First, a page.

- They are deeply honest and personal. They don’t dance around the details or include vague references to the author’s experiences. They include strong examples and paint a vivid picture that other introverts can relate to.
- They dig beneath the surface. The advice isn’t oversimplified or clichéd; it’s insightful, empowering readers to understand their introverted nature on a deeper level.
- The article builds to a clear message/lesson for readers, something that might evoke an “aha!” moment for them.
- When applicable, they’re practical and actionable. Not all articles need a list of things to do — in fact, some are more powerful without one. But when the topic warrants clear action steps, the article delivers.
- They have a strong, clear connection to introversion or personality type.
- They avoid stereotypes and blanket statements about introverts.
Can I republish my submission on my personal blog?
Absolutely! We also accept submissions that were previously published on your personal blog. However, if we run your article on Introvert Dear, we ask that you not republish it on another major website.
Do you pay for submissions?
We do! If we publish your article, we’ll pay you $40. We use PayPal to send payments, so please include your PayPal email address at the top of your Google doc.
How long should my article be?
Between 900 and 1,200 words, please.
Can I include links within the piece?
Sure! Please include links that will be helpful and relevant for the reader — they can be to appropriate posts on your blog or on any other site (the more reputable the source, the better). When you link to other posts on Introvert, Dear, that makes us happy. No affiliate or paid links.
Are there any style guidelines I should keep in mind?
Yes! They are:
- Where possible, include numbered lists, bullets, and subheadings.
- Remember that for online writing, clarity and easy reading are key.
- Use casual, everyday words rather than academic or formal language. Avoid overly promotional language.
- When applicable, include expert advice. Link to a study or expert source to help prove your point.
- We allow the use of “they” as a singular, gender-neutral pronoun.
- We spell “extrovert” and “extroversion” with an “o” not an “a.” Although both spellings are correct, “extravert” is generally used in the literature of psychology, while “extrovert” is the most prominent spelling in the United States today and the principal spelling in standard dictionaries.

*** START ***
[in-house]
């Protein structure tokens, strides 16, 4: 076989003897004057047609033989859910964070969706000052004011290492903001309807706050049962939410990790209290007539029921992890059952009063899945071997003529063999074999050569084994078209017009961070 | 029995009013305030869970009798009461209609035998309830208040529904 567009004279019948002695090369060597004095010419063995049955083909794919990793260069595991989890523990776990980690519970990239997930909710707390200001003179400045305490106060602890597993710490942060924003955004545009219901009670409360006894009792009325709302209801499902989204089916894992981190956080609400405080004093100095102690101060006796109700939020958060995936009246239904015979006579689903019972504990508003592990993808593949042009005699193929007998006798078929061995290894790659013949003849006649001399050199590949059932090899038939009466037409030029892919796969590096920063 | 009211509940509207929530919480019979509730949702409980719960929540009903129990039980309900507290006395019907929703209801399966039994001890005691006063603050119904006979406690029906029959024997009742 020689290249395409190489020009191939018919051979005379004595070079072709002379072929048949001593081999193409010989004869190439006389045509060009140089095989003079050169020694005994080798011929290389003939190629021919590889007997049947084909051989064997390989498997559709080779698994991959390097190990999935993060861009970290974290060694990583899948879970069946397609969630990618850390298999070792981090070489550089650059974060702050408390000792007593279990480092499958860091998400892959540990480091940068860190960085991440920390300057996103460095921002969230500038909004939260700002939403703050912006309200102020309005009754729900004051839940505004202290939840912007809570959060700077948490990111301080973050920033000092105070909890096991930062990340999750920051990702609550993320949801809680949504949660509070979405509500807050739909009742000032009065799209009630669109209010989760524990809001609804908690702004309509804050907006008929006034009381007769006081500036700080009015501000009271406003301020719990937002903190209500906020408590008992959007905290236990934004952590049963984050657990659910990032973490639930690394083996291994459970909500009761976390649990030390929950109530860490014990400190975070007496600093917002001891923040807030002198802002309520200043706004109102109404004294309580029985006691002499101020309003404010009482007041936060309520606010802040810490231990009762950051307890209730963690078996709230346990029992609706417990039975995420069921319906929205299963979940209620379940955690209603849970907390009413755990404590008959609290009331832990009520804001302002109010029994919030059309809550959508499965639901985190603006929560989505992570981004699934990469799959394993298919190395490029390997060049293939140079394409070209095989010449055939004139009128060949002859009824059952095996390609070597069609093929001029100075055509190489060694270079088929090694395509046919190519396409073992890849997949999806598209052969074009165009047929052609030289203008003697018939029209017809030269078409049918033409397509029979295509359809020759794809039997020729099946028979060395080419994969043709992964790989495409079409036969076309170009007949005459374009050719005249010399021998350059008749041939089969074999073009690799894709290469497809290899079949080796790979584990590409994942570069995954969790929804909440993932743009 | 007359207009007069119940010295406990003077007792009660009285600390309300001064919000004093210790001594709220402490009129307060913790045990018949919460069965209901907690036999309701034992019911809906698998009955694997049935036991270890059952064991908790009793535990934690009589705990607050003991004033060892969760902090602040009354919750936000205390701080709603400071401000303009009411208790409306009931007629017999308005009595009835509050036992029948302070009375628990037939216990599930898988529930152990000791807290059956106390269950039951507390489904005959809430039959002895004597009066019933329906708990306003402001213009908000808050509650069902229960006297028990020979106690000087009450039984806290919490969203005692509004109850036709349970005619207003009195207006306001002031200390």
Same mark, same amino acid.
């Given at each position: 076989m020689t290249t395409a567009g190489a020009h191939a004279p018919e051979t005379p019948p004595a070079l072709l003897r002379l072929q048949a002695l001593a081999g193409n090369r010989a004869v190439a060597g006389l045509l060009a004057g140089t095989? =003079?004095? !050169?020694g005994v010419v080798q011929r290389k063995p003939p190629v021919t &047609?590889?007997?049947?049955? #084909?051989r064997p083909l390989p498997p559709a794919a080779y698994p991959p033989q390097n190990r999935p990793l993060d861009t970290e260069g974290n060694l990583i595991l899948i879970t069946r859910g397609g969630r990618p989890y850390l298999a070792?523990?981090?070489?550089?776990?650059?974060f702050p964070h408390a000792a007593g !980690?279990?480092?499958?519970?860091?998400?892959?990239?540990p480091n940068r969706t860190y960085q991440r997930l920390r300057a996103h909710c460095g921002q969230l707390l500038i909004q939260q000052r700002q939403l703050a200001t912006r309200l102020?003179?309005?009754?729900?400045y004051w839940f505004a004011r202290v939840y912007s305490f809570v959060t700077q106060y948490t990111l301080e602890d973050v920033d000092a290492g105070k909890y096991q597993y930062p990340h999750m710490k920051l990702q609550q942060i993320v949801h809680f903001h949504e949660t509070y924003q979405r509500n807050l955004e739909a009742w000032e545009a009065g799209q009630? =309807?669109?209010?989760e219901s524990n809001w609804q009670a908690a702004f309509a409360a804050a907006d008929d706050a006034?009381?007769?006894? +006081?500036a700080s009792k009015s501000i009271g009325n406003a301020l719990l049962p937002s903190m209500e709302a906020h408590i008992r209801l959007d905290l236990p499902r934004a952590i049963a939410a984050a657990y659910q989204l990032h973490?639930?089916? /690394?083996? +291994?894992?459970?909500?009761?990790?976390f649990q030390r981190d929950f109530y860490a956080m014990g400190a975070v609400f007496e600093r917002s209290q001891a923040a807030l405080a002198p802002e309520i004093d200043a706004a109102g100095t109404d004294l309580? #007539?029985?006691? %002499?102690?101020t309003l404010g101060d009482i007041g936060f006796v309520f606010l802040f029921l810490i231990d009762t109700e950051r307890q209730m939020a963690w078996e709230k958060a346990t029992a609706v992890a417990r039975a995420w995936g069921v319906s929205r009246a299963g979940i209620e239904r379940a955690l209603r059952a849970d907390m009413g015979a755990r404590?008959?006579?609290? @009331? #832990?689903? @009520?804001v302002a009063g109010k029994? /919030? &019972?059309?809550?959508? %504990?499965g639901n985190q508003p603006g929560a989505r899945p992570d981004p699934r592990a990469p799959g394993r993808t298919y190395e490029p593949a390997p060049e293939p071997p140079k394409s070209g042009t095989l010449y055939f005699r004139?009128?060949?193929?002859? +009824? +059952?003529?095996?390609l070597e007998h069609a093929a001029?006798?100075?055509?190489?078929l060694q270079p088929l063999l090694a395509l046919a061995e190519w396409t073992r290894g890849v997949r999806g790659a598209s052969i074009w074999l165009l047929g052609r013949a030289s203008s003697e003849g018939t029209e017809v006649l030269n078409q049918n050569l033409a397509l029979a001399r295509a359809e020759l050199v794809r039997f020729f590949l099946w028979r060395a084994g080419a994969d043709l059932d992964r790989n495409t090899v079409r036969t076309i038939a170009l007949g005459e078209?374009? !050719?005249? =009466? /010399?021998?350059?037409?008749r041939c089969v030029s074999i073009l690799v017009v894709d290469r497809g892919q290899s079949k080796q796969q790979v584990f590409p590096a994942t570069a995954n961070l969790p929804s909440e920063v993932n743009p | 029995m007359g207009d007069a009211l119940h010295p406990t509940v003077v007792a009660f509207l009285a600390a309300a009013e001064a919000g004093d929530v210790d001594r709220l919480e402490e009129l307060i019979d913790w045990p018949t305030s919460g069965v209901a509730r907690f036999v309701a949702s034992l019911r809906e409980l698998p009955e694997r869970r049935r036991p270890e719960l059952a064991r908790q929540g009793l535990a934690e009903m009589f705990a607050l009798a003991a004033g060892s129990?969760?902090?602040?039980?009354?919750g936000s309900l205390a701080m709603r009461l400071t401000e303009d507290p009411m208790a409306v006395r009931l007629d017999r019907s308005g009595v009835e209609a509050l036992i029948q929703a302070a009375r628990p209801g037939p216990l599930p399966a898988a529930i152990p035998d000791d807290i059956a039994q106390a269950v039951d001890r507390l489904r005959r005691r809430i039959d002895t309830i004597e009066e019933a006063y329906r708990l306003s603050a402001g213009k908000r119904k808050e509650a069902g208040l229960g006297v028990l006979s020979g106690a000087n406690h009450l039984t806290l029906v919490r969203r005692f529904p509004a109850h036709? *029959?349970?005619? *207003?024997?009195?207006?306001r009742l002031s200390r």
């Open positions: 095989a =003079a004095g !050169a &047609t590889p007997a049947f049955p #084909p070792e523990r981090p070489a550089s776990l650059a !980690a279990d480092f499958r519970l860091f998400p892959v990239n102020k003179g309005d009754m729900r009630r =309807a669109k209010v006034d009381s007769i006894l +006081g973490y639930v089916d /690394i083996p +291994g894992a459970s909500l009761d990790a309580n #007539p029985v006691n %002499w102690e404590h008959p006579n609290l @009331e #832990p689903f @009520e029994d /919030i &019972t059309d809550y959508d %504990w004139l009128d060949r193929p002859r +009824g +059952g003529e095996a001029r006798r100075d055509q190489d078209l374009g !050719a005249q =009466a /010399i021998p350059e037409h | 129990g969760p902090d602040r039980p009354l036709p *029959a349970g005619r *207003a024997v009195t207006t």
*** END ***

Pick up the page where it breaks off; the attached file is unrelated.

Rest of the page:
- Because we’re based in the U.S., we use American spellings (for example, “color” instead of “colour”).
- Make sure you understand our definition of an introvert: someone who prefers a low-key, low-stimulus environment.
Are there certain topics you avoid?
Yep. Generally, we reject pieces that give oversimplified or generic advice. Make sure your article provides real value to the reader. You can do this by sharing your personal or professional insights, citing studies/research, or quoting an expert.
Should I write a headline?
Please do! We reserve the right to tweak it for SEO, style, or just to make it more attention-grabbing. But if you want to suggest one, that makes our job easier.
Will you edit my post?
We’ll edit for content and clarity, doing our best to preserve your voice. You’ll be able to see our edits in your Google Doc.
What should I write for my author bio?
Author bios can be fun and casual, or they can showcase what makes you an expert in your field. To get a better sense of what to write, check out some of the author bios on this site. Aim for 3-5 sentences.
What about my headshot?
Our system uses your email to grab your headshot from Gravatar, so make sure your photo is uploaded there. Important: Make sure the email address you give us is the same address associated with your Gravatar account. Otherwise we won’t be able to access your photo.
Will you respond to my submission?
We’ll email you if we plan to publish it. Unfortunately, we can’t publish every submission we receive. Because we have a very small editorial team, we don’t reply if we don’t plan to publish the article. Please know that it can take up to two weeks to review your submission; if you have not gotten a reply within four weeks, you can assume that it has not been accepted.
What should I do after my article is published?
Share it with everyone! Sharing your article helps Introvert, Dear grow. Also, when it runs, we hope you’ll be active in the comments, responding to readers’ questions or thoughts.
We look forward to your contribution!